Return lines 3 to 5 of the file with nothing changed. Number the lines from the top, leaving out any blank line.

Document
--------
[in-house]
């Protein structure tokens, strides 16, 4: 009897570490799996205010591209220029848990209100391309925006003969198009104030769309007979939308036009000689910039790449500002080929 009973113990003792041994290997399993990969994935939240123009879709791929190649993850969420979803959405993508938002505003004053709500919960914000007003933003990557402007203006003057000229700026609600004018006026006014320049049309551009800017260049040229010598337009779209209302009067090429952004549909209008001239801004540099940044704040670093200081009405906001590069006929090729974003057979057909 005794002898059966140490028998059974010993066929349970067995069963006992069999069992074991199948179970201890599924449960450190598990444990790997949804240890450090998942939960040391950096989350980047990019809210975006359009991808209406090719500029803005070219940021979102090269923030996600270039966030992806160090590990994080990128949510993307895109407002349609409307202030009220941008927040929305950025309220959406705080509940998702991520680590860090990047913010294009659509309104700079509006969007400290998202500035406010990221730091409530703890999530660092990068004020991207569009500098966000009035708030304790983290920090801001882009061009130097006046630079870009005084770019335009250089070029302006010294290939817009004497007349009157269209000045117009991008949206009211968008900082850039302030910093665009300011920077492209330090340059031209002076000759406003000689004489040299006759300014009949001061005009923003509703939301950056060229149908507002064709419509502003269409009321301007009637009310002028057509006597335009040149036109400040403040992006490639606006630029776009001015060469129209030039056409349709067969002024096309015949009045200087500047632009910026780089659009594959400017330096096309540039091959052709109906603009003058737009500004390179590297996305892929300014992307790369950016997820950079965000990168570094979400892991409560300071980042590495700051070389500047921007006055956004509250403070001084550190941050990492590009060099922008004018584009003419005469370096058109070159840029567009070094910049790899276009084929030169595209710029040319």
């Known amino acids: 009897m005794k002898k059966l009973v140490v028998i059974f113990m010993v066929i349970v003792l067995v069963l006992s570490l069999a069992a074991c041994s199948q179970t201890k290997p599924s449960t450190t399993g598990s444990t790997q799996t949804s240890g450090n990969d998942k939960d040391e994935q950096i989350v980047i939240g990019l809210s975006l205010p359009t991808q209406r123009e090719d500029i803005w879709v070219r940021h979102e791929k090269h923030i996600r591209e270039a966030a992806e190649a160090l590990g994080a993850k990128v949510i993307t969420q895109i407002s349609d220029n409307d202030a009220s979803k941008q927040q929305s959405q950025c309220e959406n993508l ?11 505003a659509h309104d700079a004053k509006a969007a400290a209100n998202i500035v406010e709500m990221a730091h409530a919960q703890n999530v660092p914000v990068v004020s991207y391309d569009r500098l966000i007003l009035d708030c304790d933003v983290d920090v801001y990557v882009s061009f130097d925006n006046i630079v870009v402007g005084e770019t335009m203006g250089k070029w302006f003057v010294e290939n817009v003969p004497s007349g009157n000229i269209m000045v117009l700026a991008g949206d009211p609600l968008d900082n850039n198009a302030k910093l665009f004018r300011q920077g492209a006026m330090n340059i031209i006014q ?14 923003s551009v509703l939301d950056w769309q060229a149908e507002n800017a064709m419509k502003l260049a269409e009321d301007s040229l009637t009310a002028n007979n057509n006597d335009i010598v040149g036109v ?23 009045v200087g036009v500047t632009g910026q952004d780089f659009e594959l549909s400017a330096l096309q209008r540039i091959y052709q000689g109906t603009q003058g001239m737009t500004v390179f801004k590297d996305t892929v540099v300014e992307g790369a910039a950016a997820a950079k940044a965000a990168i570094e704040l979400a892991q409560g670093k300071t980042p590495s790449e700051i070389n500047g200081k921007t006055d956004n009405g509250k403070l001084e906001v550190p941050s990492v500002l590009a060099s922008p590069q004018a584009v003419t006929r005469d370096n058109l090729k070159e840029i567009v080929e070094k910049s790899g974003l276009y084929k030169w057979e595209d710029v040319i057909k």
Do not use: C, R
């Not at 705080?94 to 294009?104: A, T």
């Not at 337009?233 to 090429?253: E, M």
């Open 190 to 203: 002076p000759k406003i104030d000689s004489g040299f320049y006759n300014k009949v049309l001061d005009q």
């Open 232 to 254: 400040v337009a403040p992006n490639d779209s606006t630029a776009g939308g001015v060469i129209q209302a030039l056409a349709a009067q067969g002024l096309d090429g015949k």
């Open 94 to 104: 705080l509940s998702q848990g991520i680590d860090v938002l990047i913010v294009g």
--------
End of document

């Known amino acids: 009897m005794k002898k059966l009973v140490v028998i059974f113990m010993v066929i349970v003792l067995v069963l006992s570490l069999a069992a074991c041994s199948q179970t201890k290997p599924s449960t450190t399993g598990s444990t790997q799996t949804s240890g450090n990969d998942k939960d040391e994935q950096i989350v980047i939240g990019l809210s975006l205010p359009t991808q209406r123009e090719d500029i803005w879709v070219r940021h979102e791929k090269h923030i996600r591209e270039a966030a992806e190649a160090l590990g994080a993850k990128v949510i993307t969420q895109i407002s349609d220029n409307d202030a009220s979803k941008q927040q929305s959405q950025c309220e959406n993508l ?11 505003a659509h309104d700079a004053k509006a969007a400290a209100n998202i500035v406010e709500m990221a730091h409530a919960q703890n999530v660092p914000v990068v004020s991207y391309d569009r500098l966000i007003l009035d708030c304790d933003v983290d920090v801001y990557v882009s061009f130097d925006n006046i630079v870009v402007g005084e770019t335009m203006g250089k070029w302006f003057v010294e290939n817009v003969p004497s007349g009157n000229i269209m000045v117009l700026a991008g949206d009211p609600l968008d900082n850039n198009a302030k910093l665009f004018r300011q920077g492209a006026m330090n340059i031209i006014q ?14 923003s551009v509703l939301d950056w769309q060229a149908e507002n800017a064709m419509k502003l260049a269409e009321d301007s040229l009637t009310a002028n007979n057509n006597d335009i010598v040149g036109v ?23 009045v200087g036009v500047t632009g910026q952004d780089f659009e594959l549909s400017a330096l096309q209008r540039i091959y052709q000689g109906t603009q003058g001239m737009t500004v390179f801004k590297d996305t892929v540099v300014e992307g790369a910039a950016a997820a950079k940044a965000a990168i570094e704040l979400a892991q409560g670093k300071t980042p590495s790449e700051i070389n500047g200081k921007t006055d956004n009405g509250k403070l001084e906001v550190p941050s990492v500002l590009a060099s922008p590069q004018a584009v003419t006929r005469d370096n058109l090729k070159e840029i567009v080929e070094k910049s790899g974003l276009y084929k030169w057979e595209d710029v040319i057909k």
Do not use: C, R
């Not at 705080?94 to 294009?104: A, T």